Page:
Cuarto Milenio (meaning Fourth Millennium) is a famous TV show presented by Iker Jiménez and currently emitted in the channel Cuatro. It’s about topics such as ufology, the occult, parapsychology, archaeology (often mixed with pseudohistorical claims) and cryptozoology. Its laxity has been criticized by author Ricardo Campo, among many others.The show is widely mocked on social media and usually trends on twitter when its on emission due to this mockery. Most people claim to watch it for the purpose of comedy. 
With more than 2,000,000 subscribers, mundodesconocido is a webpage and YouTube channel directed by José Luis Camacho and dedicated to the New World Order, Area 51, UFOs, Jesus Christ nonsense, time travel, ancient aliens, Hollow Earth, Hollow Moon, spirits and climate change denial.
Another notable Spanish nutter is a man called Alejandro Cao de Benós de Les y Pérez (wow, that's quite a mouthful). He is the founder and leader of the Korean Friendship Association. Basically, it's the official North Korea fan club, it's full of tankies and denies that North Korea is anything other than a paradise (how wrong they are).
Skeptical organisations in Spain
- Circuloesceptico Skeptics circle founded by Luis Alfonso Gámez.
- ARP - Sociedad para el Avance del Pensamiento Crítico Society for the advancement of critical thinking.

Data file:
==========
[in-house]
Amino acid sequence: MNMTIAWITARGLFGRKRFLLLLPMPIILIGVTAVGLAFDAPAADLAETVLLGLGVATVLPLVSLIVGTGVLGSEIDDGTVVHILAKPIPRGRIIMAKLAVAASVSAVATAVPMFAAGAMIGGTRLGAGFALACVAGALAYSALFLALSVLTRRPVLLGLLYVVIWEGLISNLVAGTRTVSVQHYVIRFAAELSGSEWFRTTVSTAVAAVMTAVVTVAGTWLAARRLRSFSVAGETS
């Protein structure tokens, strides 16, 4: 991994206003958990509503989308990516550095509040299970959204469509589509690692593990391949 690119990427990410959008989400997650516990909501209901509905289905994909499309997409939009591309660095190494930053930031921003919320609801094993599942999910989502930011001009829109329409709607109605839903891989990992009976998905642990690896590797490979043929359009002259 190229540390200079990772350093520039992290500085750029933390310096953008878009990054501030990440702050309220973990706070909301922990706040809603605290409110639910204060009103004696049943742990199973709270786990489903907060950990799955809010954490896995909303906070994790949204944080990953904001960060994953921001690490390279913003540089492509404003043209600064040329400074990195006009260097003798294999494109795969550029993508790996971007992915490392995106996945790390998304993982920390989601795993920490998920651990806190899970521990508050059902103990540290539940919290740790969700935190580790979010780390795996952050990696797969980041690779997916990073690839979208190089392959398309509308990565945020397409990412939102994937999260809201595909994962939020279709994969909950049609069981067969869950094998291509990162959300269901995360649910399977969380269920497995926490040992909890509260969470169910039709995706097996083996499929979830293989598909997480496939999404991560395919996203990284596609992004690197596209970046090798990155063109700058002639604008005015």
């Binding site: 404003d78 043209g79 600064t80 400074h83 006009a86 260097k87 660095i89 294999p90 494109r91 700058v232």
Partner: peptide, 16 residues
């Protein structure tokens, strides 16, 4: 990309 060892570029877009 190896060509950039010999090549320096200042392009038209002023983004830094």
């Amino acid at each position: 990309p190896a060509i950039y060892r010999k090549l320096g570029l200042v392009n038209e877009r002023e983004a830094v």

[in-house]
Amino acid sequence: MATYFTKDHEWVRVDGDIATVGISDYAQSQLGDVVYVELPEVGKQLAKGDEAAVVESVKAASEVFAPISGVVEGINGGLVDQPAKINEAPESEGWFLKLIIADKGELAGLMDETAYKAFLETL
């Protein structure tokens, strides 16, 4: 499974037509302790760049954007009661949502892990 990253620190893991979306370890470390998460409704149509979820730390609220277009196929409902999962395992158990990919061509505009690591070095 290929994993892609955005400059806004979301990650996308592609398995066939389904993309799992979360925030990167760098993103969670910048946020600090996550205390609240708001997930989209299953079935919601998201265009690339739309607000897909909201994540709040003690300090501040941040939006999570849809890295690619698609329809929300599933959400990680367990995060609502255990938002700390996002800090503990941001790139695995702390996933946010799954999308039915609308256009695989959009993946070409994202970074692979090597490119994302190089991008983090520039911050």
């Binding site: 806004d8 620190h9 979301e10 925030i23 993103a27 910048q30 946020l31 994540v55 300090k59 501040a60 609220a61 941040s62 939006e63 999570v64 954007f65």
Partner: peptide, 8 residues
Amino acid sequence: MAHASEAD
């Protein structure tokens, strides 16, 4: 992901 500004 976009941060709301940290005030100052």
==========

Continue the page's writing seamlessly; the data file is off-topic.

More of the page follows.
- ¿Qué mal Puede Hacer? "What harm can there be?" Association fighting pseudoscience and quackery in the Media and in State-owned institutions.
- In fact goverment members as Angel Acebes, Interior Minister by then, claimed several times (link in Spanish) ETA was responsible
- Not to be confused with political fiestas.
- That wasn't for the way the Spaniard electoral system works would have gotten in some cases seats in Congress. Others, as the libertarian P-Lib, are pretty much insignificant.
- Things may be different not only because of the economical crisis, but also because of Latin-American immigrants, who have brought with them Evangelism (cue to evangelical churches, almost always nothing more than revamped old shops, popping in certain number in those suburbs where they are most concentrated as well as them often preaching in squares or even in public transportation systems)
- See the Wikipedia article on Von Luschan's chromatic scale. Do not confuse with the normal person's chromatic scale.
- Apes (but not bulls) get legal rights in Spain
- Catholic church tries to prevent socialist re-election
- Rajoy becomes Spain’s new PM after a 10-month stalemate
- Catalonia vote: 80% back independence - officials BBC
- Most catalans favour the calling of elections El País (in Spanish)
- Catalonia government dissolved after declaring independence from Spain
- "Spain sees Russian interference in Catalonia separatist vote", Reuters, Nov 13, 2017
- Spanish court charges Catalan leaders with rebellionPolitico
- Puigdemont Cannot Be Extradited on Rebellion Charge, German Court RulesNY Times
- El Periódico
- Resultados Elecciones 2016
- Latest poll sees PP gain new advantage, Podemos overtake PSOE
- Religious belief in Spain - in Spanish
- Uno de cada cuatro españoles se considera ateo o no creyente - in Spanish
- 60% atheist in Vizcaya - link in Spanish
- http://en.wikipedia.org/wiki/Cuarto_milenio, http://es.wikipedia.org/wiki/Cuarto_milenio